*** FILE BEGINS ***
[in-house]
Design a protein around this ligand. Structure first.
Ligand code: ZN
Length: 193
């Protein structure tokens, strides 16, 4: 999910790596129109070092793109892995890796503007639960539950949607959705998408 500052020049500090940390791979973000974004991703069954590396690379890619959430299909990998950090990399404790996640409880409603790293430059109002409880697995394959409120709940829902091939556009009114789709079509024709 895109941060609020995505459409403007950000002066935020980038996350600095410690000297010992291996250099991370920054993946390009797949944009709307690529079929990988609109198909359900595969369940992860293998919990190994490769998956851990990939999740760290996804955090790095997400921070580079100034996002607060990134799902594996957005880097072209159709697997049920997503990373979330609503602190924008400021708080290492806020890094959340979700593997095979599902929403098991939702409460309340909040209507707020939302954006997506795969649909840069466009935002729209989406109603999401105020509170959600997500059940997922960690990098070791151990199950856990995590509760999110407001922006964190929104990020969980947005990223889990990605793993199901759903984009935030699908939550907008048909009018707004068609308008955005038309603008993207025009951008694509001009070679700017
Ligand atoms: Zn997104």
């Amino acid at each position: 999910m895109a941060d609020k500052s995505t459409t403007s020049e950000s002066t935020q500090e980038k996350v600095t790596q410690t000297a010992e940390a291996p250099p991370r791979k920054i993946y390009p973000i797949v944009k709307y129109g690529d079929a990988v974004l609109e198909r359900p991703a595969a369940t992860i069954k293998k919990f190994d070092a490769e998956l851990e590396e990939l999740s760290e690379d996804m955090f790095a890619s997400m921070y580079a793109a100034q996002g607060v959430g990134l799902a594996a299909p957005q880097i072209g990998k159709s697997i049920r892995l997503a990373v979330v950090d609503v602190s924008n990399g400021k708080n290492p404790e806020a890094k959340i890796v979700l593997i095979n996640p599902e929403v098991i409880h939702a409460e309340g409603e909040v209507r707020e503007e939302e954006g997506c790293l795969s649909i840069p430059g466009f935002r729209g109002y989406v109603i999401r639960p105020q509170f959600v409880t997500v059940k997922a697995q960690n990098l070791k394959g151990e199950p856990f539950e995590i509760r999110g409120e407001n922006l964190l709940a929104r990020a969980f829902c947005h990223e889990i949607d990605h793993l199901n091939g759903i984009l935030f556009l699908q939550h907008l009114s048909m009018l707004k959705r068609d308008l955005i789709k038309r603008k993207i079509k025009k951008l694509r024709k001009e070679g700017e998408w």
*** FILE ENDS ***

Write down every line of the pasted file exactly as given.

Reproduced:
[in-house]
Design a protein around this ligand. Structure first.
Ligand code: ZN
Length: 193
């Protein structure tokens, strides 16, 4: 999910790596129109070092793109892995890796503007639960539950949607959705998408 500052020049500090940390791979973000974004991703069954590396690379890619959430299909990998950090990399404790996640409880409603790293430059109002409880697995394959409120709940829902091939556009009114789709079509024709 895109941060609020995505459409403007950000002066935020980038996350600095410690000297010992291996250099991370920054993946390009797949944009709307690529079929990988609109198909359900595969369940992860293998919990190994490769998956851990990939999740760290996804955090790095997400921070580079100034996002607060990134799902594996957005880097072209159709697997049920997503990373979330609503602190924008400021708080290492806020890094959340979700593997095979599902929403098991939702409460309340909040209507707020939302954006997506795969649909840069466009935002729209989406109603999401105020509170959600997500059940997922960690990098070791151990199950856990995590509760999110407001922006964190929104990020969980947005990223889990990605793993199901759903984009935030699908939550907008048909009018707004068609308008955005038309603008993207025009951008694509001009070679700017
Ligand atoms: Zn997104």
């Amino acid at each position: 999910m895109a941060d609020k500052s995505t459409t403007s020049e950000s002066t935020q500090e980038k996350v600095t790596q410690t000297a010992e940390a291996p250099p991370r791979k920054i993946y390009p973000i797949v944009k709307y129109g690529d079929a990988v974004l609109e198909r359900p991703a595969a369940t992860i069954k293998k919990f190994d070092a490769e998956l851990e590396e990939l999740s760290e690379d996804m955090f790095a890619s997400m921070y580079a793109a100034q996002g607060v959430g990134l799902a594996a299909p957005q880097i072209g990998k159709s697997i049920r892995l997503a990373v979330v950090d609503v602190s924008n990399g400021k708080n290492p404790e806020a890094k959340i890796v979700l593997i095979n996640p599902e929403v098991i409880h939702a409460e309340g409603e909040v209507r707020e503007e939302e954006g997506c790293l795969s649909i840069p430059g466009f935002r729209g109002y989406v109603i999401r639960p105020q509170f959600v409880t997500v059940k997922a697995q960690n990098l070791k394959g151990e199950p856990f539950e995590i509760r999110g409120e407001n922006l964190l709940a929104r990020a969980f829902c947005h990223e889990i949607d990605h793993l199901n091939g759903i984009l935030f556009l699908q939550h907008l009114s048909m009018l707004k959705r068609d308008l955005i789709k038309r603008k993207i079509k025009k951008l694509r024709k001009e070679g700017e998408w």